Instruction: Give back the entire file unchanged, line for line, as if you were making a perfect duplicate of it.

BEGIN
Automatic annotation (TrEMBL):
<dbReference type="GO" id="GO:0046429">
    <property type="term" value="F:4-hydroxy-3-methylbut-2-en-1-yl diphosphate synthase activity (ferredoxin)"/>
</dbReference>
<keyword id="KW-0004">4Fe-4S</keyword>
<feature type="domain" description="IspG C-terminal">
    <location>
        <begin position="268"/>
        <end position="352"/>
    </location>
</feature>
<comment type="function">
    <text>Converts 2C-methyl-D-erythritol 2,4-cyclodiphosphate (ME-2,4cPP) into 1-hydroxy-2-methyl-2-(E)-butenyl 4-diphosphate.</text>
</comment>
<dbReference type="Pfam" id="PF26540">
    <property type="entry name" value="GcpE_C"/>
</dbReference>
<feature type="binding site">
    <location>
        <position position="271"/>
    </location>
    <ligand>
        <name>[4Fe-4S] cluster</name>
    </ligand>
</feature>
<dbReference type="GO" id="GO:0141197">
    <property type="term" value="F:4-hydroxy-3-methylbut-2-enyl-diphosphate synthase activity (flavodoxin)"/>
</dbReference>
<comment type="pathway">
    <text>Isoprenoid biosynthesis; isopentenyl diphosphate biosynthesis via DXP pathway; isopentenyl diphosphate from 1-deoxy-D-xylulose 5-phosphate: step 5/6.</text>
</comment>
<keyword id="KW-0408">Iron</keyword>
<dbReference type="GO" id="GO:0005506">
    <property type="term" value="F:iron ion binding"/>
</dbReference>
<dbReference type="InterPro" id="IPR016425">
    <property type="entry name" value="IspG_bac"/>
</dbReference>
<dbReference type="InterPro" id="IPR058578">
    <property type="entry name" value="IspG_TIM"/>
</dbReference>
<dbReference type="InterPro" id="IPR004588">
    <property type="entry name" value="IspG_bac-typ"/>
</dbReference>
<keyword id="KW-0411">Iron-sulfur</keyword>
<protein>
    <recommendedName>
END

Automatic annotation (TrEMBL):
<dbReference type="GO" id="GO:0046429">
    <property type="term" value="F:4-hydroxy-3-methylbut-2-en-1-yl diphosphate synthase activity (ferredoxin)"/>
</dbReference>
<keyword id="KW-0004">4Fe-4S</keyword>
<feature type="domain" description="IspG C-terminal">
    <location>
        <begin position="268"/>
        <end position="352"/>
    </location>
</feature>
<comment type="function">
    <text>Converts 2C-methyl-D-erythritol 2,4-cyclodiphosphate (ME-2,4cPP) into 1-hydroxy-2-methyl-2-(E)-butenyl 4-diphosphate.</text>
</comment>
<dbReference type="Pfam" id="PF26540">
    <property type="entry name" value="GcpE_C"/>
</dbReference>
<feature type="binding site">
    <location>
        <position position="271"/>
    </location>
    <ligand>
        <name>[4Fe-4S] cluster</name>
    </ligand>
</feature>
<dbReference type="GO" id="GO:0141197">
    <property type="term" value="F:4-hydroxy-3-methylbut-2-enyl-diphosphate synthase activity (flavodoxin)"/>
</dbReference>
<comment type="pathway">
    <text>Isoprenoid biosynthesis; isopentenyl diphosphate biosynthesis via DXP pathway; isopentenyl diphosphate from 1-deoxy-D-xylulose 5-phosphate: step 5/6.</text>
</comment>
<keyword id="KW-0408">Iron</keyword>
<dbReference type="GO" id="GO:0005506">
    <property type="term" value="F:iron ion binding"/>
</dbReference>
<dbReference type="InterPro" id="IPR016425">
    <property type="entry name" value="IspG_bac"/>
</dbReference>
<dbReference type="InterPro" id="IPR058578">
    <property type="entry name" value="IspG_TIM"/>
</dbReference>
<dbReference type="InterPro" id="IPR004588">
    <property type="entry name" value="IspG_bac-typ"/>
</dbReference>
<keyword id="KW-0411">Iron-sulfur</keyword>
<protein>
    <recommendedName>